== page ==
In my previous post I asked what a structured covered bond actually is. But how should it be valued?
A good starting point is to define the upper and lower bands of the bond’s value. In theory a covered bond should fall somewhere in between a senior unsecured bond from the same issuer and a ‘regular’ covered bond, surely?
The spread on a senior unsecured bond from the same issuer should be the upper boundary of the structured covered bond’s spread. There are just possibly some reasons why this would not be the case – the structured covered bond might be less liquid or have an off market coupon, but these are no more than normal variation in value between bonds from the same issuer and would have to assume that no investor gives any value to the structural elements that is greater than these minor inconveniences.
That assumes that you are comparing like for like in terms of eligibility for bail-in. According to the bank recovery and resolution directive, secured bonds are exempt from bail in, as are those covered bonds that are guaranteed but not secured, those in Italy or Holland for example. But a structured covered bond that is guaranteed (as most of them are) and therefore isn’t explicitly secured might not be exempt – so the correct upper boundary should be senior un-preferred debt of the same issuer.
That established, what of the other boundary? Could a structured covered bond ever be better than a traditional one? In theory: yes, in practice: it’s difficult to see.
All covered bond investors have huge theoretical exposure to one of the most over-valued asset classes in Europe: residential property. That’s fine because of all of the other mitigants in place to protect the credit. But what if house prices crashed at the same time that bank credit started to fall – they are pretty closely correlated after all - and what if, at the same time, a populist government started interfering heavily in the mortgage market in a way that severely damages creditor’s rights?
At a time like that, or in anticipation of a time like that, diversification into a less sensitive and over-valued asset class might start to look attractive. Loans to SMEs being the structured covered bond market’s go to example alternative asset class. Enough to overcome the negative features of a structured covered bond? Possibly. But probably not.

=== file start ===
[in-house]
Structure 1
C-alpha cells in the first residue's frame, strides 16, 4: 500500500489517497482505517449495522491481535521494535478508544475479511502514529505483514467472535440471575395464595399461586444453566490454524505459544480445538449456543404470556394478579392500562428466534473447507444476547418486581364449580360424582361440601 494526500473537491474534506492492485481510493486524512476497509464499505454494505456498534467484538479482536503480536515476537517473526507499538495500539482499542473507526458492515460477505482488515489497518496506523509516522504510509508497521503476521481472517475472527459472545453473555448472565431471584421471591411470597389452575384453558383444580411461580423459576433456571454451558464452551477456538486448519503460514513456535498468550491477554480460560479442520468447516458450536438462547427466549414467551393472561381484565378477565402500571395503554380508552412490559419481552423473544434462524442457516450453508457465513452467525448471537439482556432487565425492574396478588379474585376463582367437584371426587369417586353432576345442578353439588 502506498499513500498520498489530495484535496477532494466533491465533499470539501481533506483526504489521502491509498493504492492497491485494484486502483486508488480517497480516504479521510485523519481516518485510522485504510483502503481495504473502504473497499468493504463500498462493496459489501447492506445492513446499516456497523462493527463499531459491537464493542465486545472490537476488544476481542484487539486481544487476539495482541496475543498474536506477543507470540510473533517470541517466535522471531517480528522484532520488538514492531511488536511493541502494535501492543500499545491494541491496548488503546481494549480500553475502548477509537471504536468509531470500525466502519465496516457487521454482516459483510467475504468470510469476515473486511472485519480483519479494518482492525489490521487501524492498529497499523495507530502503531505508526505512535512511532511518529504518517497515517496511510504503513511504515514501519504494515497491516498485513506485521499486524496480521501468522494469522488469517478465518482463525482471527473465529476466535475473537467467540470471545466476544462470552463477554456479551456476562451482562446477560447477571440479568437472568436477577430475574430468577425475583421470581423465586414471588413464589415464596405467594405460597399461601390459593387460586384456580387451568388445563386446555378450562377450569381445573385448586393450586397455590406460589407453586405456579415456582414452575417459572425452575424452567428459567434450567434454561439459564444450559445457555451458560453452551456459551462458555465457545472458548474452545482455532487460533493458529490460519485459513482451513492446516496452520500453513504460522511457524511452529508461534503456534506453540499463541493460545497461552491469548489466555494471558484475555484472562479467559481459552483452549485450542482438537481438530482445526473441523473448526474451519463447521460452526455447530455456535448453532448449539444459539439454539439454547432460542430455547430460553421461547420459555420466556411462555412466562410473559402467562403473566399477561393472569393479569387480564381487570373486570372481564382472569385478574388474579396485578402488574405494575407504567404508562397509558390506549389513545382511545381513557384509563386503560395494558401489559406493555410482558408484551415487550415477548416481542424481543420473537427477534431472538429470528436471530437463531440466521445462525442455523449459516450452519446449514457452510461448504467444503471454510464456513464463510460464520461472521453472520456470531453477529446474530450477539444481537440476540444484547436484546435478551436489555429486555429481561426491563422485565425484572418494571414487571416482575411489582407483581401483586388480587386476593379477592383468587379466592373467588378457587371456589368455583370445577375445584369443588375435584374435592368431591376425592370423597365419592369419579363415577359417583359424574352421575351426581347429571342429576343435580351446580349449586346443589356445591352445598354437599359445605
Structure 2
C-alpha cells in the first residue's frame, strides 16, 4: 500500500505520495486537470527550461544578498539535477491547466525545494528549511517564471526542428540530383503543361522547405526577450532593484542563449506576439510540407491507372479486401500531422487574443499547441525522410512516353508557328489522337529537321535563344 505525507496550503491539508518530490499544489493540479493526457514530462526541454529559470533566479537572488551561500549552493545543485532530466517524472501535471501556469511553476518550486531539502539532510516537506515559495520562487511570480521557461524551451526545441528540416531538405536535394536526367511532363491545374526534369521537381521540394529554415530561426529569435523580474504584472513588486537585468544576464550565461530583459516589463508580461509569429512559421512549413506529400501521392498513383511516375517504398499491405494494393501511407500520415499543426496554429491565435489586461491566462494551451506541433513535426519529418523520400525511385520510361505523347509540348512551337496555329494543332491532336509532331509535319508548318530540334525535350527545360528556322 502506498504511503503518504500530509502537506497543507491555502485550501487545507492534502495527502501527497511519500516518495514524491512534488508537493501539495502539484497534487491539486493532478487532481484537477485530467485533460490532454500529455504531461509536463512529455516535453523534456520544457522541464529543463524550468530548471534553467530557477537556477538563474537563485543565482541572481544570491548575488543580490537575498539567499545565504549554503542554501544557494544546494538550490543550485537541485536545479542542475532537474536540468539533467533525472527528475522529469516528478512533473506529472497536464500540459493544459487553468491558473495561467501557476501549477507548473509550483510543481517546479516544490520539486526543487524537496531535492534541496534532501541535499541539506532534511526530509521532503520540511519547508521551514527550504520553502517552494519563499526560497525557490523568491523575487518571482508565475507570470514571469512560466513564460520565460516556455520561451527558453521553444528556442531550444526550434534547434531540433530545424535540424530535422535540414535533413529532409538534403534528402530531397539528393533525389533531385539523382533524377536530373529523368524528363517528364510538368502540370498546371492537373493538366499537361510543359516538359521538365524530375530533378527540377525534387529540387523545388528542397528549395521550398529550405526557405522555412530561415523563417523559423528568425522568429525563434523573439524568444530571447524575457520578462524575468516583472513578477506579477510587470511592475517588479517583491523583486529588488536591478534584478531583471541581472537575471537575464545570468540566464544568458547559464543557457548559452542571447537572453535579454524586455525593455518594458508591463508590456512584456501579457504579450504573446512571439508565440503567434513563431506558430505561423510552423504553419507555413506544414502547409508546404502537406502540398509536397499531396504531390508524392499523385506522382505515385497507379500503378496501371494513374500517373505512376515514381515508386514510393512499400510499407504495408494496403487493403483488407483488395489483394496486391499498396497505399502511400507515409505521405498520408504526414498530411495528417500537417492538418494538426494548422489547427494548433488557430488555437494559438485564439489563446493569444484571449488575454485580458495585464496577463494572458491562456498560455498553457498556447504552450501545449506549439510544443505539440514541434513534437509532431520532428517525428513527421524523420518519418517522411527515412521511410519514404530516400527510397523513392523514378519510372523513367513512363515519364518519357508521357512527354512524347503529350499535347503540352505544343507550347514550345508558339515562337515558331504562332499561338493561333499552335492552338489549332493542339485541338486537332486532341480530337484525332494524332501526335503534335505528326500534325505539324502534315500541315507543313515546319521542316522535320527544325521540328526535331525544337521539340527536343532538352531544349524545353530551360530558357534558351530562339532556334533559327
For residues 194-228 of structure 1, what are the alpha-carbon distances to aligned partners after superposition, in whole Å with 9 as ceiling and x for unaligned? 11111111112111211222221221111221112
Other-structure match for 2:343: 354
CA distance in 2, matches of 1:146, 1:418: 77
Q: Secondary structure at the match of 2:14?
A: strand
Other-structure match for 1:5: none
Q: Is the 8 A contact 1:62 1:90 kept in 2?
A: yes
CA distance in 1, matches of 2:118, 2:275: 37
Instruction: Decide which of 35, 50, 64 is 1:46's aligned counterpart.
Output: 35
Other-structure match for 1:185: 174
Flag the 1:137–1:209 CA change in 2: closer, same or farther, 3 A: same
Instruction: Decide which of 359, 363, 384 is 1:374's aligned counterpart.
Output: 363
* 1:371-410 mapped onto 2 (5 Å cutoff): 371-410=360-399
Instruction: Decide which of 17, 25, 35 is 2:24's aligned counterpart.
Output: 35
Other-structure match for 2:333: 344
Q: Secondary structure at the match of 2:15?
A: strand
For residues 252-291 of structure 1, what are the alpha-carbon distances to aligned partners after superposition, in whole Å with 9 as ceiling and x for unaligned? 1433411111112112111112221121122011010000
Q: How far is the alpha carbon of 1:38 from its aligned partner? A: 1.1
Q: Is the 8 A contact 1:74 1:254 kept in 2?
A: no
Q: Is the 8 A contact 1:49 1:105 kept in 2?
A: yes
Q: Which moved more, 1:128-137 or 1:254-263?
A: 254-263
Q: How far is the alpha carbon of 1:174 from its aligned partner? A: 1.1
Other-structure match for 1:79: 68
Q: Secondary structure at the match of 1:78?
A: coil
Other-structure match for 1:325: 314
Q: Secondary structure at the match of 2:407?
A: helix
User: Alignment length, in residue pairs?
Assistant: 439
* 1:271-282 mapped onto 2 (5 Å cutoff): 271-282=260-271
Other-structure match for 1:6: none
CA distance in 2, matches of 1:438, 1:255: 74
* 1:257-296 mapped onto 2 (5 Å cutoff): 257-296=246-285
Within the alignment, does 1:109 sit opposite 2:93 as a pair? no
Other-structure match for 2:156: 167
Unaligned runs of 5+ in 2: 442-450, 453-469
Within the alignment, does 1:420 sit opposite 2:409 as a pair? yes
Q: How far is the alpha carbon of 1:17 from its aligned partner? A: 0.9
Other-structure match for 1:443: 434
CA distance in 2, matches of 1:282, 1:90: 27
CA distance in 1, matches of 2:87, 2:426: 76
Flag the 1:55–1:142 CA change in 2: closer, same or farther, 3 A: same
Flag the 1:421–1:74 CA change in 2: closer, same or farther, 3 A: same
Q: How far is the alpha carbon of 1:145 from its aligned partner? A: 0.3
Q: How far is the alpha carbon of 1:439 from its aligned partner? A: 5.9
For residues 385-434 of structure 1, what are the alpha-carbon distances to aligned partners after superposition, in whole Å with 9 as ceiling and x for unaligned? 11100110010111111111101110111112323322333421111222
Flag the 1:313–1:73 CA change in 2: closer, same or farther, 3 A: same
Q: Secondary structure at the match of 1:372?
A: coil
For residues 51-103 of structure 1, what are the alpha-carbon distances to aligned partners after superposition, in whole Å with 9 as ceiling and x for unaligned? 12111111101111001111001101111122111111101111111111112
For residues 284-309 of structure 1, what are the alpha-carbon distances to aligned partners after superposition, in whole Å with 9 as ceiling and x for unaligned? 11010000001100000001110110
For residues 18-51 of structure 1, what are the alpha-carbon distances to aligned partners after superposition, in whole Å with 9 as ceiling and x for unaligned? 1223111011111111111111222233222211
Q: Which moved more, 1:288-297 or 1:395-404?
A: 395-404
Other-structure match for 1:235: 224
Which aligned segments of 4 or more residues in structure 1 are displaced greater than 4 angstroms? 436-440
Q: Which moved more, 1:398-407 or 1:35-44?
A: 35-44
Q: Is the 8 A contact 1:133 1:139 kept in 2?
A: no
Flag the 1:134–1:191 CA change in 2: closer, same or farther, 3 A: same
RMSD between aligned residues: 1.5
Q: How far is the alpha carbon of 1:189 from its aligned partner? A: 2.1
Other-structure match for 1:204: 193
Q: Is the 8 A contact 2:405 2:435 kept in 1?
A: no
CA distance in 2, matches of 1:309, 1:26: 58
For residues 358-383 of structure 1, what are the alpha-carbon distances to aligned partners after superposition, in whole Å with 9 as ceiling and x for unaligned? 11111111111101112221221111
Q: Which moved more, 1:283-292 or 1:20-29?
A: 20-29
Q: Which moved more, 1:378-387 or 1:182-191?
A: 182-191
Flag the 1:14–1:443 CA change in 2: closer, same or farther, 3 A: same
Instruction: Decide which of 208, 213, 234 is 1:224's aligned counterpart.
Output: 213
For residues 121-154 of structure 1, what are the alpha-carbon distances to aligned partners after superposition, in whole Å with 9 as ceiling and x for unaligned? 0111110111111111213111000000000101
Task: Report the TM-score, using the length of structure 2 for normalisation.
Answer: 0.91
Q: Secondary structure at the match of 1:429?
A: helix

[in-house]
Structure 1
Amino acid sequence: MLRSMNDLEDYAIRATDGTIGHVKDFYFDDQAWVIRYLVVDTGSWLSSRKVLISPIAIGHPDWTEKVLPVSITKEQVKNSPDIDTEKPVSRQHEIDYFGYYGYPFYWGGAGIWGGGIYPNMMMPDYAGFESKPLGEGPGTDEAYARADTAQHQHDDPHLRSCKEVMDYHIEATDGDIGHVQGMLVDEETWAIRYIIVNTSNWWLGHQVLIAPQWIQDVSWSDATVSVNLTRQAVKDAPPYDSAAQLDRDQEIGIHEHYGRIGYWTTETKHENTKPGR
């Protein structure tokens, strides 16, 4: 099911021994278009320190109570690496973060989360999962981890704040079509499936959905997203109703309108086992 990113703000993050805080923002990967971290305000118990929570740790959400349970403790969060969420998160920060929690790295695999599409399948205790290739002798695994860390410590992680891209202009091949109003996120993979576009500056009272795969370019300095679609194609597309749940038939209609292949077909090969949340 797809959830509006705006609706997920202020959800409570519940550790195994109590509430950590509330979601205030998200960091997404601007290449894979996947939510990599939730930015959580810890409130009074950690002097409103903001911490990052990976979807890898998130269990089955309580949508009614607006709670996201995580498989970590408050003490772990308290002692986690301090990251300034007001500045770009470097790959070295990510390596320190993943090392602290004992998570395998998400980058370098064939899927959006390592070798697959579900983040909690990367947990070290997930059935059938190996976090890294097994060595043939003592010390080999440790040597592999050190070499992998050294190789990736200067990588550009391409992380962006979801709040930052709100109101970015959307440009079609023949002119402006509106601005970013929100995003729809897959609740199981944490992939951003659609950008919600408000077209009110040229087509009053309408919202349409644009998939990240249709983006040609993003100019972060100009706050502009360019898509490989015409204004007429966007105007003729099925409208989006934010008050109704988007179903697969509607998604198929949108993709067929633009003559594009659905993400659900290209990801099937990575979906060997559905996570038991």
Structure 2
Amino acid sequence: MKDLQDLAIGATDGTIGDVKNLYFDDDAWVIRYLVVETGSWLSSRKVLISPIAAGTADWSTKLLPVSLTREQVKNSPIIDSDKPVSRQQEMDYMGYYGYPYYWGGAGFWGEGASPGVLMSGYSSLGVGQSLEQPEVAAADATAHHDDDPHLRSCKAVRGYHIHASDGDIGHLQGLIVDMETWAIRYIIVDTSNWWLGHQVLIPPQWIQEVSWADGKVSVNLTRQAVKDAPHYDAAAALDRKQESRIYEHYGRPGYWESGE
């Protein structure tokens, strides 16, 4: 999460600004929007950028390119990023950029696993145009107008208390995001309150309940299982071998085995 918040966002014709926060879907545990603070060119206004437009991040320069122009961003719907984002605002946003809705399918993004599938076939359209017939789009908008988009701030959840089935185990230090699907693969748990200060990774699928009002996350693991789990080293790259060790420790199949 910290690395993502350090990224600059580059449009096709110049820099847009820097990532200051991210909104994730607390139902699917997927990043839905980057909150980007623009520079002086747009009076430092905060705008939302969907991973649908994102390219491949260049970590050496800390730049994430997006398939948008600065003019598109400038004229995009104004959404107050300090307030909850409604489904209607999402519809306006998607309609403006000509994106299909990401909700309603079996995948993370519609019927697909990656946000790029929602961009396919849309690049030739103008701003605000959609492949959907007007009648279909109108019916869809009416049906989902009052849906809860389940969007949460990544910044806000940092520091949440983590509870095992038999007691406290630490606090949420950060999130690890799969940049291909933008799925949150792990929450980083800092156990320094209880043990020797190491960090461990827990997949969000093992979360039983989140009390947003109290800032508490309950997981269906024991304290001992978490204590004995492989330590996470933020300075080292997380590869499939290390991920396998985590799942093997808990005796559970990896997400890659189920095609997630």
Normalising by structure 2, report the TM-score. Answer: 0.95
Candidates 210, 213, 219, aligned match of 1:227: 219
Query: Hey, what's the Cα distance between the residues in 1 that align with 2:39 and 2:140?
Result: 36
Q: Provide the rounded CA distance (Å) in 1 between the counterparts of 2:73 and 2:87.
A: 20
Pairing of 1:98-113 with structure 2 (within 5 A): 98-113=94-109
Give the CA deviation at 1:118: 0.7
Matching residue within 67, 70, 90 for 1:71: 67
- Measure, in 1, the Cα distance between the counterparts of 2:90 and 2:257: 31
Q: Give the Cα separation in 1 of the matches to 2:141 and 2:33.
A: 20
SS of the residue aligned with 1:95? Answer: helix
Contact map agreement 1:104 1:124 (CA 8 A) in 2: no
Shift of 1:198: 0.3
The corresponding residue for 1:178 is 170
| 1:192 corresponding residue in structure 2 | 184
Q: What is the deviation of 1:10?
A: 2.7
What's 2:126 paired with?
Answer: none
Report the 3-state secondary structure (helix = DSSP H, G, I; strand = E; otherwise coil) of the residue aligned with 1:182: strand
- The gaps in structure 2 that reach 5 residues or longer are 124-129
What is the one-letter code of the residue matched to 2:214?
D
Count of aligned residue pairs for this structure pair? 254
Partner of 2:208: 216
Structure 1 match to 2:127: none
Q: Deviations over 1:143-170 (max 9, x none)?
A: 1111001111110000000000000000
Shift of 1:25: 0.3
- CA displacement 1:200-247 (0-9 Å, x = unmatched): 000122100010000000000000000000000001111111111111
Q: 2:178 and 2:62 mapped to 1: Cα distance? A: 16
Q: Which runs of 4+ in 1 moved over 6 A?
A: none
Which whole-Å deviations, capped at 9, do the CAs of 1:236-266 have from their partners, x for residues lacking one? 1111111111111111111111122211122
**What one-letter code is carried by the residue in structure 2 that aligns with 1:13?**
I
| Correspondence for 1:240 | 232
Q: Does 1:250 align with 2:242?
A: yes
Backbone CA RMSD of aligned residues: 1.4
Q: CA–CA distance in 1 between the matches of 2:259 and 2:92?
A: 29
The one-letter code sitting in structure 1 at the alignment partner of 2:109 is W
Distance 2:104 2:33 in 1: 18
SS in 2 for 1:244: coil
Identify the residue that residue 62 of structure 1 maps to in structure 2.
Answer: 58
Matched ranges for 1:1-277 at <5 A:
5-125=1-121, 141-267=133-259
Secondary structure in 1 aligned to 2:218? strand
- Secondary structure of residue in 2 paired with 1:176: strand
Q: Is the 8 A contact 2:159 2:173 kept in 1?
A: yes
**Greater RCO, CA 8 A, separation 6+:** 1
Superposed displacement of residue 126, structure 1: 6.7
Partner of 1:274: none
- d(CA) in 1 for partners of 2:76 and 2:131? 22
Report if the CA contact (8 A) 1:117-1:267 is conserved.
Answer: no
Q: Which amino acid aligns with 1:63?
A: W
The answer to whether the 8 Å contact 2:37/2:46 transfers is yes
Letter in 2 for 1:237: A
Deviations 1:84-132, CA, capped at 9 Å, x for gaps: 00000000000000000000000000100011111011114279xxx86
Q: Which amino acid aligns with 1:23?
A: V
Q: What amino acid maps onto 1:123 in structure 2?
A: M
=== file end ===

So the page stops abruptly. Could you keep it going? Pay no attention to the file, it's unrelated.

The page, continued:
Having established the upper and lower value boundaries (and the cases when they might not actually be boundaries at all), is it right to think of the relative value of a structured covered bond in terms of the continuum between the boundary valuations? That’s certainly the approach that has been adopted in the case of the recent Deutsche bank covered bonds (about one third of the distance between the boundaries) and entire articles were written about this in the case of the 2013 Commerzbank transaction (which neatly ended up almost exactly half way between the two extremes).
But a structured covered bond is a covered bond – with imperfections – not a hybrid between a covered and a senior bond. So I would rather define the value in terms of either, a covered bond, with additional spread for the areas in which it might be worse, or a senior unsecured bond given credit for the areas in which it might be better, both subject to the constraint of the boundaries that we started with, but not defined by the distance between them.
So, for example, take the value of a traditional covered bond, and calculate how much the worse regulatory treatment of a structured covered bond would be valued by the marginal investor. Then add in factors for other variables: different rating transition probability (could be higher, could be lower, depending on the structure), different investor perceptions of the underlying assets, different treatment in repo, liquidity facilities, different eligibility for purchase programmes, etc.
Perhaps the biggest differentiating factor is the one I mentioned in my previous post – the lack of a bank supervisory regime dedicated to the interests of covered bond holders. Theoretically this should be taken into account in the rating assigned – the rating agencies will give it some value in the case of a traditional covered bond, if the structured covered bond wants to get to the same rating they need to give something else of equal value instead – realistically, more collateral. Is the value assigned to the supervisory regime by the rating agency correct? Would you rather take a bond with 5% over-collateralisation and covered bond specific supervision, or one with 10% o/c and just normal bank supervision? Impossible to generalise, but precisely the sort of question that needs to be asked when valuing a covered bond, or, for that matter, a supervisory regime.
Or you could approach the problem from the other direction. Take a senior unsecured bond and give value for the higher credit rating achieved – relatively easy to quantify based on generic credit rating/spread curves.
Relative value is an art, not a science. All three approaches to valuing a structured covered bond could equally be valid. That’s what makes it so difficult.
By Richard Kemmish